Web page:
Vandyke Productions was a British film production company which operated between 1947 and 1956.It specialised in making B films which would be released on the bottom-half of a double bill.
Founded by the brothers Nigel and Roger Proudlock in 1947 after their demobilisation, the company used several studios during its existence including Walton and Kensington. Often operating on very low-budgets, during its first few years the company produced a mix of thrillers and comedies. Some of its films of the 1950s were slightly more expensive including Black 13 , which was released in the United States by 20th Century Fox. John Guillermin, who went on to be a Hollywood director, made several films for Vandyke early in his career. The company went out of business in 1956 due to a slump in B Film production, but Roger Proudlock returned to make a few more films until 1960.
Rona Anderson was a Scottish stage, film, and television actress. She appeared in TV series and on the stage and films throughout the 1950s. She appeared in the films Scrooge and The Prime of Miss Jean Brodie and on TV in Dr Finlay's Casebook and Dixon of Dock Green.
John Gilling was an English film director and screenwriter, born in London. He was chiefly known for his horror movies, especially those he made for Hammer Films, for whom he directed The Shadow of the Cat (1961), The Plague of the Zombies (1966), The Reptile (1966) and The Mummy's Shroud (1967), among others.
Smart Alec is a 1951 British crime film directed by John Guillermin and starring Peter Reynolds.
Two on the Tiles is a 1951 British comedy film directed by John Guillermin and starring Herbert Lom, Hugh McDermott and Brenda Bruce. It was made at the Walton Studios by the independent Vandyke Productions for release as a second feature. It was one of three back-to-back productions Guillermin directed for the company at Walton Studios, along with Smart Alec and Four Days,. It was released in the U.S. as School for Brides.
Jane Hylton was an English actress who accumulated 30 film credits, mostly in the 1940s and 1950s, before moving into television work in the latter half of her career in the 1960s and 1970s.
Daniel Birt was an English film director and editor.
The Golden Link is a 1954 British police drama film directed by Charles Saunders, starring André Morell, Patrick Holt, Thea Gregory and Jack Watling. It was produced by Guido Coen under his Kenilworth Film Productions, featuring a screenplay by Allan MacKinnon and soundtrack by Eric Spear. The story concerns the death of a young woman, having fallen to her demise inside an apartment building. A policeman neighbour, Superintendent Blake, conducts an unofficial investigation, which initially seems to implicate his own daughter in a murder plot.
John Guillermin was a French-British film director, writer and producer who was most active in big budget, action adventure films throughout his lengthy career.
Edwin John Fancey (1902–1980) was a British film producer and distributor. He owned the production company E.J. Fancey Productions and the distribution company DUK. He specialised largely in producing supporting films and short subjects, often edited from or compiled from material appearing in earlier films produced by others, such as musical numbers or comedy routines.
James Wilson was a British cinematographer.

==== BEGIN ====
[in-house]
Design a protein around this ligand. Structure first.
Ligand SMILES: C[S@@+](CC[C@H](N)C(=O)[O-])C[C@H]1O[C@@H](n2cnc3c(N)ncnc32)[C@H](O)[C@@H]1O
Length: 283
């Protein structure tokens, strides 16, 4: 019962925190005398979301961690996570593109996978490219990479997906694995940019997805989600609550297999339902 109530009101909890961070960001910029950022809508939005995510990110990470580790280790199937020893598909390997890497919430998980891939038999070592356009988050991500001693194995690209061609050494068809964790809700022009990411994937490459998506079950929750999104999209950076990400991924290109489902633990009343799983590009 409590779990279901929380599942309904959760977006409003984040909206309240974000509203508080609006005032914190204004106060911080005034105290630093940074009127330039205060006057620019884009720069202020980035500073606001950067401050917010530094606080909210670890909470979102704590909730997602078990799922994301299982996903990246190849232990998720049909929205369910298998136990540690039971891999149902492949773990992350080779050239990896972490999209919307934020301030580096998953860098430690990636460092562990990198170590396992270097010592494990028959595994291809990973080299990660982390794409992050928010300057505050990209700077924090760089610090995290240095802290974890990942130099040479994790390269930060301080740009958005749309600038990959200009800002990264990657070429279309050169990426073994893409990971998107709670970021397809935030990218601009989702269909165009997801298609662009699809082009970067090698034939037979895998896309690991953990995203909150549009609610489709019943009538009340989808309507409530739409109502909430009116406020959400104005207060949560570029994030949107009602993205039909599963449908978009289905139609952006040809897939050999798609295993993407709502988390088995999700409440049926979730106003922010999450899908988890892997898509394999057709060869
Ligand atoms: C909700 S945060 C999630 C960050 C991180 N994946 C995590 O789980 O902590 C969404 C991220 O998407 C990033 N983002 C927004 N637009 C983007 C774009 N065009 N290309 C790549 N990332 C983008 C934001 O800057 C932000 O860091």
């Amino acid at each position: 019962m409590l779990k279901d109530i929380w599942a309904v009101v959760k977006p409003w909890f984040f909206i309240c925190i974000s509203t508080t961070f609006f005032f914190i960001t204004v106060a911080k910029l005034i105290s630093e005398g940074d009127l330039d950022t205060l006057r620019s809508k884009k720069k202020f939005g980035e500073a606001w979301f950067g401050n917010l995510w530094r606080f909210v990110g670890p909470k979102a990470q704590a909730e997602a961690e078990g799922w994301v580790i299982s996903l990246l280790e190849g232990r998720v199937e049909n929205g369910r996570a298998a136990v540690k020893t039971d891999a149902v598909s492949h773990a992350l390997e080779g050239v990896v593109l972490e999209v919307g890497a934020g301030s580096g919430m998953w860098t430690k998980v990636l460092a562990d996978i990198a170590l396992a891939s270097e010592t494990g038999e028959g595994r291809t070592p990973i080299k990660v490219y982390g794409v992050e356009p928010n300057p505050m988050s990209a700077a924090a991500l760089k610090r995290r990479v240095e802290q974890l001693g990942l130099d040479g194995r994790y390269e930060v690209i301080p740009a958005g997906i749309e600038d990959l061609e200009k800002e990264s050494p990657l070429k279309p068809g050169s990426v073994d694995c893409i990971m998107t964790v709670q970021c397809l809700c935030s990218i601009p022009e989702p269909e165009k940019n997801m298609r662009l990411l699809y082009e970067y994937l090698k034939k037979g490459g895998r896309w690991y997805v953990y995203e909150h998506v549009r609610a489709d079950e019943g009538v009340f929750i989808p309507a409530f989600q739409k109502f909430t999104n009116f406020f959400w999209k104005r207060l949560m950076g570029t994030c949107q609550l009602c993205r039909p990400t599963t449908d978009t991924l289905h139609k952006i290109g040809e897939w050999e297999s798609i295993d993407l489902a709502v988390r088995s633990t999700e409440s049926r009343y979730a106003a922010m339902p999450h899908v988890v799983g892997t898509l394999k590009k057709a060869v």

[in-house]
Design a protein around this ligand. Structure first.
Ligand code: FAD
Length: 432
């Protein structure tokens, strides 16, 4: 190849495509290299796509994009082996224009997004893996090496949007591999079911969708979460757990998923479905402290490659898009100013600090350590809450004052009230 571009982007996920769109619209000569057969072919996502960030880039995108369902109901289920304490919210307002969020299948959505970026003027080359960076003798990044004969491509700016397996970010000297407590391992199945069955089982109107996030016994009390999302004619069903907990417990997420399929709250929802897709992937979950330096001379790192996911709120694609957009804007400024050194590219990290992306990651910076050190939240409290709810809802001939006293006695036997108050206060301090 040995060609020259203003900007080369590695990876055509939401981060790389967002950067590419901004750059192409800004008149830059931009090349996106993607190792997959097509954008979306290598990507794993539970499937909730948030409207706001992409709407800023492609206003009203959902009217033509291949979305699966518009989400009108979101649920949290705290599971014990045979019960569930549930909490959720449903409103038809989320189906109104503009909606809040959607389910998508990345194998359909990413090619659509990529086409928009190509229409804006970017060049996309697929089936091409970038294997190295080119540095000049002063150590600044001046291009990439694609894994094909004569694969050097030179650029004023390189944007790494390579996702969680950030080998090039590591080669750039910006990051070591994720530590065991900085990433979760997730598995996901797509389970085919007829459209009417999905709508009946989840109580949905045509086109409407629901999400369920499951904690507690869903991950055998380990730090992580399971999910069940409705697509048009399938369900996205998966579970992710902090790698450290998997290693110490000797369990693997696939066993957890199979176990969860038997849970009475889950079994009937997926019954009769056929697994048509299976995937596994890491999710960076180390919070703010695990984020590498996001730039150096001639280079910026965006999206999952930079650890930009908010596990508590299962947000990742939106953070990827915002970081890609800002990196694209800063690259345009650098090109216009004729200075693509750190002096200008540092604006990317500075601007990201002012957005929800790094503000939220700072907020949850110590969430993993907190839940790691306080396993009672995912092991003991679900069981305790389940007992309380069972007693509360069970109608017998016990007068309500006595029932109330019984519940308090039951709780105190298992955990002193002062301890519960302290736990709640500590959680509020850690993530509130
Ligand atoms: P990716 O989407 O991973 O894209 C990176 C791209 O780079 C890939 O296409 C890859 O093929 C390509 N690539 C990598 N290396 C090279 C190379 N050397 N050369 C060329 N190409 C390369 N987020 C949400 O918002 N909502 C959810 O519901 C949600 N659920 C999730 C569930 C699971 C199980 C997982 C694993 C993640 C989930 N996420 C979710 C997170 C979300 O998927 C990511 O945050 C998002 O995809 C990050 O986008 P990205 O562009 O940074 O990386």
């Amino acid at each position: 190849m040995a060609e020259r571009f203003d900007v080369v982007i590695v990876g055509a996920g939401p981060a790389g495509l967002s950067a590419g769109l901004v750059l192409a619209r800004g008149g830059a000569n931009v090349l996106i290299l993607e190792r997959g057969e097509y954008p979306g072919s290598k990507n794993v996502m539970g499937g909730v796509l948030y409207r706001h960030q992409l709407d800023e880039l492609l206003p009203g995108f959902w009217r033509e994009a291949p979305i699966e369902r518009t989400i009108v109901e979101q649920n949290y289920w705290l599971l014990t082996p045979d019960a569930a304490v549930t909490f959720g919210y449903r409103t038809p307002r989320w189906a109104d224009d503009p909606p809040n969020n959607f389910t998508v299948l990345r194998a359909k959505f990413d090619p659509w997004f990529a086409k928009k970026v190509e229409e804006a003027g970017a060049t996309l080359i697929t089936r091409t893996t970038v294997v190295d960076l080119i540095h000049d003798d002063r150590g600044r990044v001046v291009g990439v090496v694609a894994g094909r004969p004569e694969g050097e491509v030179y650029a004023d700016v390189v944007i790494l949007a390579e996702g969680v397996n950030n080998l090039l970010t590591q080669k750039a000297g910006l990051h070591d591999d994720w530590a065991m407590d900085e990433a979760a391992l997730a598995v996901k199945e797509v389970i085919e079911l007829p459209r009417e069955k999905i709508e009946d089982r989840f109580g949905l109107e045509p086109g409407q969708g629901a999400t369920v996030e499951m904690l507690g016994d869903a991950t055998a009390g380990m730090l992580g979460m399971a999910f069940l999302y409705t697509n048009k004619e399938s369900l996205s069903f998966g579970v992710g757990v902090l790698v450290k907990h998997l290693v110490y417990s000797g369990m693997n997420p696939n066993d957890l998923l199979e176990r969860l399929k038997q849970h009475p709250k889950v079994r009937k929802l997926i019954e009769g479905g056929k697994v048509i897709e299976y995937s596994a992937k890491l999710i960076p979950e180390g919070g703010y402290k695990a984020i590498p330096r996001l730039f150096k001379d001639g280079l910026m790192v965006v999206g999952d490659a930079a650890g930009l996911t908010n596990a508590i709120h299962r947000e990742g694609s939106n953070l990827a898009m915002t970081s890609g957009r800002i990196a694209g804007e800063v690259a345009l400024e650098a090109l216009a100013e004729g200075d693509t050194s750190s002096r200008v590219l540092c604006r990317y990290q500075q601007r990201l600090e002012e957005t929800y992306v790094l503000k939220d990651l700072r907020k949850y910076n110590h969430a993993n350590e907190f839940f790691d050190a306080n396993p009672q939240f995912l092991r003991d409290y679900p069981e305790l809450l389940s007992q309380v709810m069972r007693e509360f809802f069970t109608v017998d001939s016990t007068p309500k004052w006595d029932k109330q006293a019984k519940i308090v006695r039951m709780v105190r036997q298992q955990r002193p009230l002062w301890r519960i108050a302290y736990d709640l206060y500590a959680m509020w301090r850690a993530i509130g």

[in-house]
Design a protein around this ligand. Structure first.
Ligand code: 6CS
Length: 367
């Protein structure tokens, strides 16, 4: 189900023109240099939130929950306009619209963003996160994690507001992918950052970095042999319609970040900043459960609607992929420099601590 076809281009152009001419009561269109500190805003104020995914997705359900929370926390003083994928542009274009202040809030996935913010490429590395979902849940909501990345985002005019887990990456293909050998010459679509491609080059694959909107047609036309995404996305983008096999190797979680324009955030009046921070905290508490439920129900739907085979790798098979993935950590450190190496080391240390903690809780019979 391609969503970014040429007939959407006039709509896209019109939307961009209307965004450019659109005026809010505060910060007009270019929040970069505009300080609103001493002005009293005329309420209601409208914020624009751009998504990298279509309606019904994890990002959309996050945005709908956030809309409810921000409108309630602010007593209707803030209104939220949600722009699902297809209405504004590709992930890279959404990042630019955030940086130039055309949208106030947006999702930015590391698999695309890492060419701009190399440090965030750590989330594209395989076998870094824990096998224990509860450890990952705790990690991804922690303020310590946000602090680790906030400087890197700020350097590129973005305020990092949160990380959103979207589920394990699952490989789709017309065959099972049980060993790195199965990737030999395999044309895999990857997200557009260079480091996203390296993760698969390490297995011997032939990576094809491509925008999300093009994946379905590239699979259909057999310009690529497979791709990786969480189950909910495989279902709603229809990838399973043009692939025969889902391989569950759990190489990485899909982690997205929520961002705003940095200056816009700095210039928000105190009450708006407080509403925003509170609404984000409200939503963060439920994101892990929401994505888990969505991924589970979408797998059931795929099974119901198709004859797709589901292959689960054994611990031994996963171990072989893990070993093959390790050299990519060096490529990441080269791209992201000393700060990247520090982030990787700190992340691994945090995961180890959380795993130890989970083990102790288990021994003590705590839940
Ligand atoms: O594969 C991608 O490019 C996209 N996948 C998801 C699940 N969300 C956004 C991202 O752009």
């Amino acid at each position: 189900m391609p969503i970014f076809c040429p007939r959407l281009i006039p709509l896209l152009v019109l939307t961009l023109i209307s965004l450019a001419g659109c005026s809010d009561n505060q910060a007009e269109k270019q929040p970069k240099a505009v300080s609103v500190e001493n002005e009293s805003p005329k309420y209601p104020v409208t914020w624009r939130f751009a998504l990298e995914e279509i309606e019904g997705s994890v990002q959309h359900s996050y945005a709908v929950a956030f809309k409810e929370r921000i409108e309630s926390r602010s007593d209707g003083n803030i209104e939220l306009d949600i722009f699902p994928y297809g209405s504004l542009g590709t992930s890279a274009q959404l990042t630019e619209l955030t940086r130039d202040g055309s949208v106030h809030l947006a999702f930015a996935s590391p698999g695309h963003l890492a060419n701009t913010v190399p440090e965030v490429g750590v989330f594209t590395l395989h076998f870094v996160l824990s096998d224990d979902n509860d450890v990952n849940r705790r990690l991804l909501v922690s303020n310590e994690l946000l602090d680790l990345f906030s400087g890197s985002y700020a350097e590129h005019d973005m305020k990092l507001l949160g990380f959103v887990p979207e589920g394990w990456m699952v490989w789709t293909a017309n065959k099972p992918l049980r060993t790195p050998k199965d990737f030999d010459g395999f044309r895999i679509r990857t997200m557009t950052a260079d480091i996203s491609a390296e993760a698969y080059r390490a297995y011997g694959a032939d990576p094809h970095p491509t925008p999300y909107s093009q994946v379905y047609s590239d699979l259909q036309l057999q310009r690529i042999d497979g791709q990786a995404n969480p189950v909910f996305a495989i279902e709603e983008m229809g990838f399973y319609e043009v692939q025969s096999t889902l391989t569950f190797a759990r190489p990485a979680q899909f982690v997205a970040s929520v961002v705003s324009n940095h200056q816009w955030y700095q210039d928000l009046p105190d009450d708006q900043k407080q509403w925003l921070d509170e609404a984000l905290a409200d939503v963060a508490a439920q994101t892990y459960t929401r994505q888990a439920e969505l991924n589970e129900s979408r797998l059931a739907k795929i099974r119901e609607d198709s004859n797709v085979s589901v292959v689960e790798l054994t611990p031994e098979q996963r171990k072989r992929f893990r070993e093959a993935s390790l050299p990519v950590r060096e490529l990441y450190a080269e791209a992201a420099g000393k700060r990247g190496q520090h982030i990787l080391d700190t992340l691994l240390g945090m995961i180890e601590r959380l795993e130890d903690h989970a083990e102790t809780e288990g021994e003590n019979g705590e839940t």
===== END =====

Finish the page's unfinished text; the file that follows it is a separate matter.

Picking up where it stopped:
Little Red Monkey, released in the United States as Case of the Red Monkey, is a 1955 British crime film directed by Ken Hughes and starring Richard Conte, Rona Anderson and Russell Napier. Detectives from Scotland Yard investigate a series of murders of leading Nuclear scientists, and are intrigued by strange reports received about the crimes. The film was based on a popular BBC TV series of the same name, written by Eric Maschwitz and produced by Bill Lyon-Shaw, which ran for six 30-minute episodes in 1953.
George Maynard was a British film producer. During the 1950s and 1960s he produced a number of independent films. Maynard had earlier worked as a production manager at several British studios.
Edward J. Danziger (1909–1999) and Harry Lee Danziger (1913–2005) were American-born brothers who produced many British films and TV shows in the 1950s and 1960s.
Ernest G. Roy was a British film producer who was Managing Director of Kay Laboratories, Kay Carlton Hill Studios Ltd and Nettlefold Studios.
Night Was Our Friend is a 1951 British drama film directed by Michael Anderson and starring Elizabeth Sellars, Michael Gough and Ronald Howard. The title references a line from Virgil's epic poem The Aeneid.
Butcher's Film Service was a British film production and distribution company that specialised in low-budget productions. The company was founded by William Butcher, a chemist from Blackheath. During the Boer War, the company survived through several production slumps in the British film industry and two World Wars.
Roger Proudlock (1920–2003) was a British film producer associated with Vandyke Productions, which specialised in making low-budget second features during the late 1940s and 1950s.
The Six Men is a 1951 British crime film directed by Michael Law and starring Harold Warrender, Olga Edwardes and Peter Bull. It was made by the independent Vandyke Productions at the Riverside Studios in Hammersmith. It also used location shooting around London.
The Strangers Came is a 1949 British comedy film directed by Alfred Travers and starring Tommy Duggan, Shirl Conway and Shamus Locke. Some of the film was shot on location in Ireland. It was made as a second feature by the independent company Vandyke Productions.
To the Public Danger is a 1948 British drama short film directed by Terence Fisher and produced by John Croydon. It stars Dermot Walsh, Susan Shaw, Barry Letts, and Frederick Piper.